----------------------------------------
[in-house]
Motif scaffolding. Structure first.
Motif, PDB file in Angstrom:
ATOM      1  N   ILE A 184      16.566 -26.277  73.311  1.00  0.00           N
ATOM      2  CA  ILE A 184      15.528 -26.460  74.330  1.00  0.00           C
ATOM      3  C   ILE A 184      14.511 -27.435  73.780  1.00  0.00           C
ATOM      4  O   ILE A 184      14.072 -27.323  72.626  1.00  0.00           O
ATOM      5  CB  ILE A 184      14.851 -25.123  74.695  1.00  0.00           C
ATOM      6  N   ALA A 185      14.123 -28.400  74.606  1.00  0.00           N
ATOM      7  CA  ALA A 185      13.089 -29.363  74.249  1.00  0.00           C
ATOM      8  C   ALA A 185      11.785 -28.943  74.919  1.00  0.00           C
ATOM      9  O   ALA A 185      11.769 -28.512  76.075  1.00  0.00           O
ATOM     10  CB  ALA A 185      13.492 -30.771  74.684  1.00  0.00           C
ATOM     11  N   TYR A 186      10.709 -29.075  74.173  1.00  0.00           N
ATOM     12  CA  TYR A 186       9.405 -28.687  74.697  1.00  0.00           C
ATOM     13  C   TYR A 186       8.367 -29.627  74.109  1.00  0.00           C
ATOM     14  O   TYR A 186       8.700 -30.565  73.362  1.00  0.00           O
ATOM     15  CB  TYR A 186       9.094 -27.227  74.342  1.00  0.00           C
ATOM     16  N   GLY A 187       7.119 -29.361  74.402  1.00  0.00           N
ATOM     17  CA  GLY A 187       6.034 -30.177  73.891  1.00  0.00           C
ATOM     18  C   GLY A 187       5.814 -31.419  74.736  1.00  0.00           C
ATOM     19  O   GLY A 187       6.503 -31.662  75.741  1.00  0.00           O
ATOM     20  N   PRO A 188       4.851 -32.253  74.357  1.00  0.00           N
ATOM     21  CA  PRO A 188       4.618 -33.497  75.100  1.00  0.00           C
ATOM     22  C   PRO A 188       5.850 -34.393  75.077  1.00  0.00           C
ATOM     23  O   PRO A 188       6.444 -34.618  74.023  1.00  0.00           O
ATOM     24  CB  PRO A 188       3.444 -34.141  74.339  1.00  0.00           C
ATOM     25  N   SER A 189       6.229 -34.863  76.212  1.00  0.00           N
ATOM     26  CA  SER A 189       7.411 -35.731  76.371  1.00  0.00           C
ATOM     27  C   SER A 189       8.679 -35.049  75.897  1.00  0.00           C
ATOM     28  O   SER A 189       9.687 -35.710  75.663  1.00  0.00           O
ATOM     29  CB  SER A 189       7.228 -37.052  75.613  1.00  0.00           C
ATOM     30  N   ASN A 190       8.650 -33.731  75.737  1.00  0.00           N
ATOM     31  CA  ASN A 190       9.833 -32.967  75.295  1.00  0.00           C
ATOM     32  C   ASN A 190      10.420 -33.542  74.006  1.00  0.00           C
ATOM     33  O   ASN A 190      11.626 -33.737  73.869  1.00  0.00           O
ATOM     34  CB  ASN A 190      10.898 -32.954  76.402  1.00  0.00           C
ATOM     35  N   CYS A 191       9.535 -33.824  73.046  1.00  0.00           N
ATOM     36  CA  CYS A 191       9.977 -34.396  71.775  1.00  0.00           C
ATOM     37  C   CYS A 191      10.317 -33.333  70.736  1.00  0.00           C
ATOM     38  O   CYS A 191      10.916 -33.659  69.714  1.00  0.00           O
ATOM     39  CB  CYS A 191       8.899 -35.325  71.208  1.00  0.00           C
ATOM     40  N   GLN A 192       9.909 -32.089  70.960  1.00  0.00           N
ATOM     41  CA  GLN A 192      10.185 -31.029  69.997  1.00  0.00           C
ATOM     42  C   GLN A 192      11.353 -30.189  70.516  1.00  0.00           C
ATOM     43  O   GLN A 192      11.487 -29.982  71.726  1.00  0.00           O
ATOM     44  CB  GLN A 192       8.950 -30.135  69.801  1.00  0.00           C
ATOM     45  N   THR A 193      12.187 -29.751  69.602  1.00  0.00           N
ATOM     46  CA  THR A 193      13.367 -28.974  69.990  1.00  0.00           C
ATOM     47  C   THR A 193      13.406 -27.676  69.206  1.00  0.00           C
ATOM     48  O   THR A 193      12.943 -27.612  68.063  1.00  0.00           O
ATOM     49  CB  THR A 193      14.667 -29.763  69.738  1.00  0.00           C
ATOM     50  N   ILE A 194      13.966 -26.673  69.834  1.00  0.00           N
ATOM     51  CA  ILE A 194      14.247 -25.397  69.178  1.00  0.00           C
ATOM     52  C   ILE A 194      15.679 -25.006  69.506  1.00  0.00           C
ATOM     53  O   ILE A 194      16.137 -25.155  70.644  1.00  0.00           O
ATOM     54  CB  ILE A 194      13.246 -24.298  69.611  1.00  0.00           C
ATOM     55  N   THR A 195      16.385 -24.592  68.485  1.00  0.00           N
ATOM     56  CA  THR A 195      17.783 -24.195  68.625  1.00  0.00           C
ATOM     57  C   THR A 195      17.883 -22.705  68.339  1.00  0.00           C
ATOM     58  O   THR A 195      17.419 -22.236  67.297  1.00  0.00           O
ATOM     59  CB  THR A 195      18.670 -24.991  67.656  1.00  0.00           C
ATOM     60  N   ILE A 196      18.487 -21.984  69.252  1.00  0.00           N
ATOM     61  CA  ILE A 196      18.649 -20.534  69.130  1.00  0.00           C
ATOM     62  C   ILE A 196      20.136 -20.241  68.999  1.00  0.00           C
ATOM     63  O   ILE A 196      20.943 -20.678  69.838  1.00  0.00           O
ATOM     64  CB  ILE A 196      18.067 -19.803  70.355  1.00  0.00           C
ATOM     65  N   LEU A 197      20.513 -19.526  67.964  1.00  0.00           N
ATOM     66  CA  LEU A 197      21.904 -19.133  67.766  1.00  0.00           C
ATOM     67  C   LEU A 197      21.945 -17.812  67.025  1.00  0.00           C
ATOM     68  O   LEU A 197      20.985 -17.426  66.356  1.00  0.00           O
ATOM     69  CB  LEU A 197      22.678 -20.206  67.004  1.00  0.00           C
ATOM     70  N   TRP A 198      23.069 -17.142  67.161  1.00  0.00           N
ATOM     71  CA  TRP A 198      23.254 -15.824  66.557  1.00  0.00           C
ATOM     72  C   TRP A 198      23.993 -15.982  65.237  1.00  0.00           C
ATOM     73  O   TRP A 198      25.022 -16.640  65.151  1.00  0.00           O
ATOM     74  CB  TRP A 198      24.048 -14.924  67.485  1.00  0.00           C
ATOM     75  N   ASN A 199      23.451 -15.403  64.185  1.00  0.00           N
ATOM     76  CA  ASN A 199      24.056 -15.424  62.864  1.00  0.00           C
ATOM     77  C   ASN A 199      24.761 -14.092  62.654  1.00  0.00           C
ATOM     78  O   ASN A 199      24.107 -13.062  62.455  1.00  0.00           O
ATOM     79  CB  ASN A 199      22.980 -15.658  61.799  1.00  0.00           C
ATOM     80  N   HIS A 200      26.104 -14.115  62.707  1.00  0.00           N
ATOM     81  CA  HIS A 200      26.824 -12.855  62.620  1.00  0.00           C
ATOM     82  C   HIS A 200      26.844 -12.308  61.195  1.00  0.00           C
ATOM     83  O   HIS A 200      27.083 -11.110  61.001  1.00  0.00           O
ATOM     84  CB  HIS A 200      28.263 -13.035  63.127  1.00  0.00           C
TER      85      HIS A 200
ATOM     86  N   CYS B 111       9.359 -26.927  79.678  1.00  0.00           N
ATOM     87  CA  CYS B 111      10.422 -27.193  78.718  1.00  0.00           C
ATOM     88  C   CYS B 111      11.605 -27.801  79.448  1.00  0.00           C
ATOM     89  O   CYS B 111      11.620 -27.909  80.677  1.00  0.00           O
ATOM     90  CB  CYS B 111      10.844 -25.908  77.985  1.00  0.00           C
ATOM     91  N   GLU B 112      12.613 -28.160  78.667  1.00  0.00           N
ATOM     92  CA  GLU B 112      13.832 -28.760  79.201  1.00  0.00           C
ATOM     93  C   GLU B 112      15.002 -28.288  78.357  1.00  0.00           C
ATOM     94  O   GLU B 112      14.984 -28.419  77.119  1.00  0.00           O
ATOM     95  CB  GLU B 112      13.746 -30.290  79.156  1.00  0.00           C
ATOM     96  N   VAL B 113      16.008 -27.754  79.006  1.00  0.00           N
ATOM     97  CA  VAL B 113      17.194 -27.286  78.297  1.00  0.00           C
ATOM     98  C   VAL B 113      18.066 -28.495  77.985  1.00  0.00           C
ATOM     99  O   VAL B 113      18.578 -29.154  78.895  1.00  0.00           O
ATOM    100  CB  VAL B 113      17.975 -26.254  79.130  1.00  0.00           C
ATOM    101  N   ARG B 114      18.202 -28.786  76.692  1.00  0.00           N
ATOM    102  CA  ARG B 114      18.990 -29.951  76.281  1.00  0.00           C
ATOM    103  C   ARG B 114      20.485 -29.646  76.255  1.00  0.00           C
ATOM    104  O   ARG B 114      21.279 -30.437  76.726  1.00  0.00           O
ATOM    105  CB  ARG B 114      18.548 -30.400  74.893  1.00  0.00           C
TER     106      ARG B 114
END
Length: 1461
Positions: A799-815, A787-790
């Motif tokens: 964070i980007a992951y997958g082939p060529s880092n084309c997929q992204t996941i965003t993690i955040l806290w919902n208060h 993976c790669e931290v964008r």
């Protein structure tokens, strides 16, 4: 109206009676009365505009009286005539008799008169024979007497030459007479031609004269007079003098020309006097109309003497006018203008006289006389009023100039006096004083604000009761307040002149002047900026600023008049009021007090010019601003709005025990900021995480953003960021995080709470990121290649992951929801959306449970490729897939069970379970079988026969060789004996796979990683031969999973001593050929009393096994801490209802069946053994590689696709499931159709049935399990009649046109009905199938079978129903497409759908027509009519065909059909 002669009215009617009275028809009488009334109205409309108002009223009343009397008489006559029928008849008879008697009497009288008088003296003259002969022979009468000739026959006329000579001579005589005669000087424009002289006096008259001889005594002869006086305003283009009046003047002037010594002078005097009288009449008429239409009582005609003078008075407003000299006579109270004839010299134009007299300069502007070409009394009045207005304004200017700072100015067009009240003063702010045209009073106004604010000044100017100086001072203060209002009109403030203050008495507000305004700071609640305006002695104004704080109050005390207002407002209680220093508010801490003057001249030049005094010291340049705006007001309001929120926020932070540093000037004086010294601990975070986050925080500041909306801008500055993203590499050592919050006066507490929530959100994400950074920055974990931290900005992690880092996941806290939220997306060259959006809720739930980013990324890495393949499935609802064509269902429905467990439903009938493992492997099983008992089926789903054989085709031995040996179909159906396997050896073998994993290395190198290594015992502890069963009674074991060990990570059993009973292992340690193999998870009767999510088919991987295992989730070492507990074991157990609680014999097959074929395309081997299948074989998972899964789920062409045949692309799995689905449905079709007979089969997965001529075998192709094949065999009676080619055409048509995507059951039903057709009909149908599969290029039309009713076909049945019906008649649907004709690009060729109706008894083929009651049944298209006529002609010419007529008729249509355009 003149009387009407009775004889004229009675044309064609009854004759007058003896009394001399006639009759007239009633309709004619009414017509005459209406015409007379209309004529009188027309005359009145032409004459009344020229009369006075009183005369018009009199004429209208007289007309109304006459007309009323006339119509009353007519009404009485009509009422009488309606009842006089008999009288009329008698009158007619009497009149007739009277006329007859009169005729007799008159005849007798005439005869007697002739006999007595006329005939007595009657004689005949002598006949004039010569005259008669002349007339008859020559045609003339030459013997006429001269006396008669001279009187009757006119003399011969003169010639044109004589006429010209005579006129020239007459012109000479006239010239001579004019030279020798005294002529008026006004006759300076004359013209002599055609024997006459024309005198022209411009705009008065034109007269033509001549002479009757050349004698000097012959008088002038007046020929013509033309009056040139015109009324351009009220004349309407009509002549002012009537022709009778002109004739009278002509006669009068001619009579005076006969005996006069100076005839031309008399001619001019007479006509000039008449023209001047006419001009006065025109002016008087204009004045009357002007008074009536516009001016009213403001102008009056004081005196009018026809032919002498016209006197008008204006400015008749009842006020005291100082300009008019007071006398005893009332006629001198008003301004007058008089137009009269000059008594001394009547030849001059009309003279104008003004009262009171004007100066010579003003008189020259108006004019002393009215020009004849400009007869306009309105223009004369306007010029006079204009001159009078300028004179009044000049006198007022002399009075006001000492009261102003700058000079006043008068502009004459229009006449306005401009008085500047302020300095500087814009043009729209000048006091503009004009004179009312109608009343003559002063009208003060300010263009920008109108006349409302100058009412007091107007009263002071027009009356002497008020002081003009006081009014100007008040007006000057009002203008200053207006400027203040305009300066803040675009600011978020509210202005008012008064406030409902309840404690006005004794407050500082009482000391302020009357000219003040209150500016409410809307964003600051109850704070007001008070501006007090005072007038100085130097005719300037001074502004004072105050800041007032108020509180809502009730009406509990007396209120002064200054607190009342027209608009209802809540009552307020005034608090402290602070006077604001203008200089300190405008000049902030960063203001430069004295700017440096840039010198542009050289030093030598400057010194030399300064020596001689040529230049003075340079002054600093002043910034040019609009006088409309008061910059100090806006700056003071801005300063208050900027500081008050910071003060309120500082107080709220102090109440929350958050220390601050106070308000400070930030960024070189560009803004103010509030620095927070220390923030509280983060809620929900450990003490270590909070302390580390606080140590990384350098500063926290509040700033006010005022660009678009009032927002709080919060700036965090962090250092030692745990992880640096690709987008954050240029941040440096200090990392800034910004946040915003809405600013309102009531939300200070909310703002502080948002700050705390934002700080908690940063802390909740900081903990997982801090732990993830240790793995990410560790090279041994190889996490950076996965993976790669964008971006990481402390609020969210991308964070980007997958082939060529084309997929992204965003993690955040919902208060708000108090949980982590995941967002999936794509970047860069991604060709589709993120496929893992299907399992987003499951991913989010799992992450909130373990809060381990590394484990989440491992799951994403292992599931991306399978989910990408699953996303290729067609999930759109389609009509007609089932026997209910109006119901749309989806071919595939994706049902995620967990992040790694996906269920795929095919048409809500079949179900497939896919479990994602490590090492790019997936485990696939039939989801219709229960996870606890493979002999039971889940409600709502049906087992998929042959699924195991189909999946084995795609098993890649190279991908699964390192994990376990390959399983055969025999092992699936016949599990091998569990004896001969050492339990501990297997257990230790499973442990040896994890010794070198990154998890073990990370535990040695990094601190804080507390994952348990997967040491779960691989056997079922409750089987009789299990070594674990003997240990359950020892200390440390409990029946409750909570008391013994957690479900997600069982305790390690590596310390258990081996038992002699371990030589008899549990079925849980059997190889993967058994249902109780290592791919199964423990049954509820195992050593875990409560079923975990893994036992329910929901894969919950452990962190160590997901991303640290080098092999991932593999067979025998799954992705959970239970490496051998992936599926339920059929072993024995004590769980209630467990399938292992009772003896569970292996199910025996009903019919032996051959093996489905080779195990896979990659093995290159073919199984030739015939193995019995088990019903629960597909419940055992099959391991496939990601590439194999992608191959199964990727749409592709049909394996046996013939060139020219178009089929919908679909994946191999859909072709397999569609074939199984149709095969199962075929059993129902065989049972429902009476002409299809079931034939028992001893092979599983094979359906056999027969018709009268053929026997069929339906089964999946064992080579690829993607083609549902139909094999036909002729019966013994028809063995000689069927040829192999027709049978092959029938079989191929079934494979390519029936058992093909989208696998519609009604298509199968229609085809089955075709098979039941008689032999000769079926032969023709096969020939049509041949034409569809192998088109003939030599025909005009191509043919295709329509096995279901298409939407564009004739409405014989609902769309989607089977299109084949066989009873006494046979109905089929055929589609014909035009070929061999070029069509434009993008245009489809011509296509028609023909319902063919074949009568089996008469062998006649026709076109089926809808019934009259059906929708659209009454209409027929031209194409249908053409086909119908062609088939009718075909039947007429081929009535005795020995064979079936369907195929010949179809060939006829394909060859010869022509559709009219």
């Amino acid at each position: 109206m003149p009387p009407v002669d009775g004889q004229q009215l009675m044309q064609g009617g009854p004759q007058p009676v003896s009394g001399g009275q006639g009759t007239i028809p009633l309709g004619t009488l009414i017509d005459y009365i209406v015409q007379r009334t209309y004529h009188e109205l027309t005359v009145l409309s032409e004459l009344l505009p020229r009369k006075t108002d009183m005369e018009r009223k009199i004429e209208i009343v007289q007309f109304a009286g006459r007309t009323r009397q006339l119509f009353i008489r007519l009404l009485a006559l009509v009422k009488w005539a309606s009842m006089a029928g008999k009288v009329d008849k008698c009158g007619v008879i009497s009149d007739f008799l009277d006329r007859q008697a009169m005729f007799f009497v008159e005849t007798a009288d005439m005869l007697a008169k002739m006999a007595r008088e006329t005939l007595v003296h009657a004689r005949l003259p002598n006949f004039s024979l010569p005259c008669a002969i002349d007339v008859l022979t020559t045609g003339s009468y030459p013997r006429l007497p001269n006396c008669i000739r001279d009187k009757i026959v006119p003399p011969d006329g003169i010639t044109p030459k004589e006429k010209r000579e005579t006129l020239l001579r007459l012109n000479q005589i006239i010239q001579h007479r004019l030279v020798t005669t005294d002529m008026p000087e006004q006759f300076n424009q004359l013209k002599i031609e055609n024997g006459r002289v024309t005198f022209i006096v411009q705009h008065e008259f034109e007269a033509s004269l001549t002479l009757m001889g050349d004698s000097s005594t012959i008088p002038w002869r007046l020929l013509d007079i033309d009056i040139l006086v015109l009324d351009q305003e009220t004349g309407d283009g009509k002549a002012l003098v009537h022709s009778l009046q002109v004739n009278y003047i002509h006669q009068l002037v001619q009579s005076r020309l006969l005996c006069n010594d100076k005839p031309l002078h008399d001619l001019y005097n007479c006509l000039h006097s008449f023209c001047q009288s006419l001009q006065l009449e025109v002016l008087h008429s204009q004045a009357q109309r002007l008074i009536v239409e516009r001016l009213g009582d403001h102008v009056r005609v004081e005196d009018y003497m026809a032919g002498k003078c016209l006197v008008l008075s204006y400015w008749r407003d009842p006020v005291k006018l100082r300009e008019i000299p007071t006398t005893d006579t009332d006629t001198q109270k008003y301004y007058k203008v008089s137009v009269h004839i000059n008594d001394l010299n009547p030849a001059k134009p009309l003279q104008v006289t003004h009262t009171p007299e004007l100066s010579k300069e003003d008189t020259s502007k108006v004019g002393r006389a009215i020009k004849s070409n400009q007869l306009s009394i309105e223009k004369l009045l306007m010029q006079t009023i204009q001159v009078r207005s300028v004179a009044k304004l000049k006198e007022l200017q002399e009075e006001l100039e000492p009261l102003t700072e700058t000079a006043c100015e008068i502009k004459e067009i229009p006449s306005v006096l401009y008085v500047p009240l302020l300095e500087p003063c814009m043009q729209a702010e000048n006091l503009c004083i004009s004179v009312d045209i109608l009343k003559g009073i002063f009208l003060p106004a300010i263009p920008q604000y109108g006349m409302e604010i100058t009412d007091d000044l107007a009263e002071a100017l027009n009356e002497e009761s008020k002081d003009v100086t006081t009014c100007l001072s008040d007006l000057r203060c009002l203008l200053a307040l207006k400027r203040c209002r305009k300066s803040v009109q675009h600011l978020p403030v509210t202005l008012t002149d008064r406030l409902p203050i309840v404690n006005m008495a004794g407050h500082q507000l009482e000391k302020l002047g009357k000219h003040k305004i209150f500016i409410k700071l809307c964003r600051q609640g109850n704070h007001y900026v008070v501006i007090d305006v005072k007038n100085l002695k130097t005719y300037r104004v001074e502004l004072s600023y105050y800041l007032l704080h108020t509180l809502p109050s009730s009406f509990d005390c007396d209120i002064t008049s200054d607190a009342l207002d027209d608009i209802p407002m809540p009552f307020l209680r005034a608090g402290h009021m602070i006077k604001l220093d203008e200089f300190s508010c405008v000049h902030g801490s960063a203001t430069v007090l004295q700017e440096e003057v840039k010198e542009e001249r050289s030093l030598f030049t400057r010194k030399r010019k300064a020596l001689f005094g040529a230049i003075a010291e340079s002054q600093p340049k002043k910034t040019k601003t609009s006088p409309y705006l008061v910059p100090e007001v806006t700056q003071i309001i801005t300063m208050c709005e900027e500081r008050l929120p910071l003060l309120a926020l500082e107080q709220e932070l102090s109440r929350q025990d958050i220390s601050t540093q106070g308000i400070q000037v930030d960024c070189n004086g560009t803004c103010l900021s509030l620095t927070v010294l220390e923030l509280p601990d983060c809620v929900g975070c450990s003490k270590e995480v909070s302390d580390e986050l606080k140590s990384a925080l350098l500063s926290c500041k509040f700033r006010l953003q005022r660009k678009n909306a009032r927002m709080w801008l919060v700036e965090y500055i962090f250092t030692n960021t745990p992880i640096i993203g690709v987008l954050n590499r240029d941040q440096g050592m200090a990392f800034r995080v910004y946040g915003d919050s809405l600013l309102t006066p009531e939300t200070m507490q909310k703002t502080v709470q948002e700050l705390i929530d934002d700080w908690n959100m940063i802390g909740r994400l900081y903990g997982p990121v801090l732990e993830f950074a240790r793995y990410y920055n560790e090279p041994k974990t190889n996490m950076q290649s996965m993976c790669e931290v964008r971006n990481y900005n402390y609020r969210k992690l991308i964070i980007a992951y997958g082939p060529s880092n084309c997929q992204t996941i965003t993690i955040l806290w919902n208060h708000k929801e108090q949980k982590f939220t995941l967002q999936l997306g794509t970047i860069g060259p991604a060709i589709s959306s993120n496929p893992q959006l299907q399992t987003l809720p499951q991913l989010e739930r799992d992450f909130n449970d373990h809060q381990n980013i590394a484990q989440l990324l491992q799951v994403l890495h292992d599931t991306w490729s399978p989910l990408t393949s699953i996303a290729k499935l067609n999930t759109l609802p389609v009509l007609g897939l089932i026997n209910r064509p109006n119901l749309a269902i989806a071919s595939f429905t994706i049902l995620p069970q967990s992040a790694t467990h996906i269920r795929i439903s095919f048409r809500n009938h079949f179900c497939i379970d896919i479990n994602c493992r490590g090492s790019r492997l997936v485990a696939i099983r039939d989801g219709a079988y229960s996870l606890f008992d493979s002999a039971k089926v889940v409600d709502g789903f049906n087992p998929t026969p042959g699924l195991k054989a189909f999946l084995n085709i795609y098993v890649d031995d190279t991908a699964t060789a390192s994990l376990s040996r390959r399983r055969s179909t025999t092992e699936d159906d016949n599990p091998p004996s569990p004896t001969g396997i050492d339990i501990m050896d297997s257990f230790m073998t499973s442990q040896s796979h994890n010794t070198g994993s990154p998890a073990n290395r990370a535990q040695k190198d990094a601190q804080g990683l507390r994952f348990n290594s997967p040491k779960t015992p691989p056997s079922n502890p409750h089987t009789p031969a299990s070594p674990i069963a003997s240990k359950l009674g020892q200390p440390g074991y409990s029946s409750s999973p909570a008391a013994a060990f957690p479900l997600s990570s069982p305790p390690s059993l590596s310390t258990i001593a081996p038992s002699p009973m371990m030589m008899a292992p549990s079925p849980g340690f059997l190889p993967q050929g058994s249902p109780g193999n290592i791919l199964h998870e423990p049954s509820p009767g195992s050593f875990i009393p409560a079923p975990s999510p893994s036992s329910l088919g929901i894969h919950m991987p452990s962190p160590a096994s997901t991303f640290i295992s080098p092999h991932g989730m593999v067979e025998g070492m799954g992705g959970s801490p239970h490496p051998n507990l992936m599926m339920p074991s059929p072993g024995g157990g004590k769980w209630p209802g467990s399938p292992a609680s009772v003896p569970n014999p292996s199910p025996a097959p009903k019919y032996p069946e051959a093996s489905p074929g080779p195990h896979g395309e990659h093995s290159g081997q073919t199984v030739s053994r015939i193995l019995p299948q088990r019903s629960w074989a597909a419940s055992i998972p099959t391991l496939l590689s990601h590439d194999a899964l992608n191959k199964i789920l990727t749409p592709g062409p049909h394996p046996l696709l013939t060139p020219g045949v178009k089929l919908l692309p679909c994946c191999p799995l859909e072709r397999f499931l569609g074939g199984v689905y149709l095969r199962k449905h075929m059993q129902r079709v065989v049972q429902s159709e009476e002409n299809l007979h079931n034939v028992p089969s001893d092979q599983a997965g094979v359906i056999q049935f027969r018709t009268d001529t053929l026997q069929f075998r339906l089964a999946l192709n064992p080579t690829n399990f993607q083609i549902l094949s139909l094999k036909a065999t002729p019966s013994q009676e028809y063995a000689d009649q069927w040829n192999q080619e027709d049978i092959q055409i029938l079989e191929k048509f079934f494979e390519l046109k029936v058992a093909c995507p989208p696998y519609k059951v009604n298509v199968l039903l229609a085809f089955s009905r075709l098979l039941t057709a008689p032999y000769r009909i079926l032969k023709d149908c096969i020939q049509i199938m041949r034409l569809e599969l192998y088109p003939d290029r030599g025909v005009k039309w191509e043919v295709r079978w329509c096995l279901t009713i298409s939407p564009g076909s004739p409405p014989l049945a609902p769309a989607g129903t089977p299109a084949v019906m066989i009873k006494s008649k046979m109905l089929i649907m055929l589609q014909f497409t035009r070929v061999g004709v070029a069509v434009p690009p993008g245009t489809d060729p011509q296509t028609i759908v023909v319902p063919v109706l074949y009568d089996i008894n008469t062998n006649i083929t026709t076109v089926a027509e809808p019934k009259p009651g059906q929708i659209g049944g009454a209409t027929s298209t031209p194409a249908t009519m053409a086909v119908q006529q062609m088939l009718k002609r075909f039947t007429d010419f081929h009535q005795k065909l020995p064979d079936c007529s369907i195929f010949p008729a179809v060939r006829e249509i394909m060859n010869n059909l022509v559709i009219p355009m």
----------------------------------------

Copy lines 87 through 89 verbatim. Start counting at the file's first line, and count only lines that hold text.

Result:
ATOM     84  CB  HIS A 200      28.263 -13.035  63.127  1.00  0.00           C
TER      85      HIS A 200
ATOM     86  N   CYS B 111       9.359 -26.927  79.678  1.00  0.00           N